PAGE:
Deniz Çil / DUVAR
Locals of the North Aegean’s Gulf of Saros are continuing to protest a massive natural gas harbor project where the flammable gas would be transferred across pipelines and stored in a region that’s known for its untouched nature and beauty.
The environmental impact assessment for the Floating Storage Regasification Unit (FSRU) and accompanying harbor started in May 2018, Keşan City Council Chairman Hasan Karagöz said, but the consecutive report only listed 10 natural gas pipelines and two “white pipes.”
“The file said that there would be 10 land pipelines and two white pipelines. These white pipelines are diesel fuel and gasoline. The file didn’t explain how they would arrive at the harbor, how they would be discharged or transferred,” Karagöz said.
Keşan City Council petitioned deputies from all parties in nearby Edirne, Tekirdağ, Kırklareli and Çanakkale to stop the project that would uproot 7,200 trees, and gathered some 45,000 signatures to stop construction.
“There are no parties, associations, unions or organizations in Keşan that think this project should go on,” Karagöz said. “Not even the ruling party came out and said that they support it.”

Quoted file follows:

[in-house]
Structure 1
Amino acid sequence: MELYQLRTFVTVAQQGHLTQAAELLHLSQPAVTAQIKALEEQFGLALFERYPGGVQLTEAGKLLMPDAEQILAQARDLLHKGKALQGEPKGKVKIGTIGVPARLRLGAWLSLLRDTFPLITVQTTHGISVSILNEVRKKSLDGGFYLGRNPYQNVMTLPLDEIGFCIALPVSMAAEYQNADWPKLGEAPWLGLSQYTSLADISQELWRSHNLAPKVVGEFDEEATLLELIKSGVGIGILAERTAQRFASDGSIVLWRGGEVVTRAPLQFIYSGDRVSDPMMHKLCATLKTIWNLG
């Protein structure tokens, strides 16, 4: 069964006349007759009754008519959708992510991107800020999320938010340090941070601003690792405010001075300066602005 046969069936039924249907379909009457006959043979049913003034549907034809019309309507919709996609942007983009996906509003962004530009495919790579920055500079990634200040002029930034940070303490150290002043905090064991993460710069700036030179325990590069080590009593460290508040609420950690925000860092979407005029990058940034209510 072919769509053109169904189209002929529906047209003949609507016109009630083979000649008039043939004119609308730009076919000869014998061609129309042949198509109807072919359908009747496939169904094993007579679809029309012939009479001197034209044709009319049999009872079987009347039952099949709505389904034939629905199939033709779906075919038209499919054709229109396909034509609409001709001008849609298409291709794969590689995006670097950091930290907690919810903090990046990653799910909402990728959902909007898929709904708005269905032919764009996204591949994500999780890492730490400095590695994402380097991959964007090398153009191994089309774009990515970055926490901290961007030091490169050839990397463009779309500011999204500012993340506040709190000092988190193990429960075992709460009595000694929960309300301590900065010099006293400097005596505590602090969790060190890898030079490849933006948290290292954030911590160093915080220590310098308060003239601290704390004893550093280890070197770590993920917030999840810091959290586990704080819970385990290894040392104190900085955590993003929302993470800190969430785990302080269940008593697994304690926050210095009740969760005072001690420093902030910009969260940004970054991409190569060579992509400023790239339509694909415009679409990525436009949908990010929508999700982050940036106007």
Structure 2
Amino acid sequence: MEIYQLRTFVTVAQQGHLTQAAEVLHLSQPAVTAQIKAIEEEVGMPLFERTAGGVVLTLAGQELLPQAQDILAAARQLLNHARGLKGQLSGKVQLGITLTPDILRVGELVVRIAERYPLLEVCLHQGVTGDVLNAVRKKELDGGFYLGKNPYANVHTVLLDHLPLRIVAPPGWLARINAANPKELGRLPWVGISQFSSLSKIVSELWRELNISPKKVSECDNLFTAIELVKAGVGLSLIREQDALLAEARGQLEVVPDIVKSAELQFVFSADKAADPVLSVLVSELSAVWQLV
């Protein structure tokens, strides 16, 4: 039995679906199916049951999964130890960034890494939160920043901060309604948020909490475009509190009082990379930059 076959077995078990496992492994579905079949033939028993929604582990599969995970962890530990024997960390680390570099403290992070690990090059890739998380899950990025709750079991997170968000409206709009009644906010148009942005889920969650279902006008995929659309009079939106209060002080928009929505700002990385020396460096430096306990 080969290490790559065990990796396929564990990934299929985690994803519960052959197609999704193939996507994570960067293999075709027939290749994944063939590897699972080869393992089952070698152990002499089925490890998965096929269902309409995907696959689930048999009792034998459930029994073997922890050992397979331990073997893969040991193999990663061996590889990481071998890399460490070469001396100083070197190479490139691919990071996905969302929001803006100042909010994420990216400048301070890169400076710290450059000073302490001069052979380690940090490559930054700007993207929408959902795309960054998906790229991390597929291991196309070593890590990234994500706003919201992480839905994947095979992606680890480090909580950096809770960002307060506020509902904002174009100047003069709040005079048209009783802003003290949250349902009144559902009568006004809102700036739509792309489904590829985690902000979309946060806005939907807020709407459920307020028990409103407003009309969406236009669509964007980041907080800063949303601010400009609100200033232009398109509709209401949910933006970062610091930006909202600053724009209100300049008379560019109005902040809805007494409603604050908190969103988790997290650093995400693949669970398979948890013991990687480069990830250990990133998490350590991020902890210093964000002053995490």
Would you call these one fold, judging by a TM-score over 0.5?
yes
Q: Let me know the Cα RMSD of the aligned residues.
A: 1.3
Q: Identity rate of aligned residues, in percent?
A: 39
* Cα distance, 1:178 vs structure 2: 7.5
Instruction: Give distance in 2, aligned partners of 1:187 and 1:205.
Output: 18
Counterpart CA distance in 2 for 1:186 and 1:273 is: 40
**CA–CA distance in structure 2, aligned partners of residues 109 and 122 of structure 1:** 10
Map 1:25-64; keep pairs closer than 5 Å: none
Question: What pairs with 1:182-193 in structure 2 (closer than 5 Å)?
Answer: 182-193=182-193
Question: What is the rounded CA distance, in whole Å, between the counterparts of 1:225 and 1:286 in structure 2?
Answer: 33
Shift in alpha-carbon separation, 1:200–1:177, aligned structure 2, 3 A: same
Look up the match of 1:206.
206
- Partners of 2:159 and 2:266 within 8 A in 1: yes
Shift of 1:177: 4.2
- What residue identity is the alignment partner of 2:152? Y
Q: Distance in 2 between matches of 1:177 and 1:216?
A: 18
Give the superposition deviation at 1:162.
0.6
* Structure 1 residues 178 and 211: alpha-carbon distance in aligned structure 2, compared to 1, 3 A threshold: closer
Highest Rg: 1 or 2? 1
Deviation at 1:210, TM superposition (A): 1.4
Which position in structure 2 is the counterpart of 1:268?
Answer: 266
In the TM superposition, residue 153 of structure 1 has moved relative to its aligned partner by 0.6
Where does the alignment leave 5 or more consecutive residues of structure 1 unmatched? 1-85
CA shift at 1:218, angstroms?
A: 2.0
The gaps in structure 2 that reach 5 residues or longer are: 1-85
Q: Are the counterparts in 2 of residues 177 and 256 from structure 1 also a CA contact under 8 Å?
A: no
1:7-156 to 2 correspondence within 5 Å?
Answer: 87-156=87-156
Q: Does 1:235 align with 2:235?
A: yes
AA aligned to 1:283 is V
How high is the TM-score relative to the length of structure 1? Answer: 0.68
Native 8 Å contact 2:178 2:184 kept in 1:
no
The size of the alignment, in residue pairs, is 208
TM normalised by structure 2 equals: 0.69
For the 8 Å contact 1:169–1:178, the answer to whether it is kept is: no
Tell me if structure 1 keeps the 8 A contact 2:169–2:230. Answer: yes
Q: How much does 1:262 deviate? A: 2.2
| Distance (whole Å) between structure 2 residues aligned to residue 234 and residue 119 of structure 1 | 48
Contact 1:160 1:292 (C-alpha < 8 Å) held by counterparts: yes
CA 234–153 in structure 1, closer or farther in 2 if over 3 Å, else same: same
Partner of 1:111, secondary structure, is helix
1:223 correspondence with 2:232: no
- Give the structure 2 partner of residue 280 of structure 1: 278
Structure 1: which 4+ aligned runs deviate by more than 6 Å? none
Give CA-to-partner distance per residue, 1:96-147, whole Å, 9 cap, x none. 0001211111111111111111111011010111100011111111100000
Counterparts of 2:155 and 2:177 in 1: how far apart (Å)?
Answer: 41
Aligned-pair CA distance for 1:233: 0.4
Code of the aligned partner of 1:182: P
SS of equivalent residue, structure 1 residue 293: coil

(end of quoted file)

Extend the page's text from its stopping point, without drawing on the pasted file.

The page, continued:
Although the initial environmental impact assessment report for the project came out in favor of construction, an appeal to the report prompted a second investigation, which concluded the area wasn’t “suitable for the project scientifically, legally or environmentally.”
In turn, the Environment and Urbanization Ministry “amended” the project in light of the environmental impact assessment, and Turkey’s Petroleum Pipeline Corporation (BOTAŞ) has signed a tender for the project with an anonymous partner.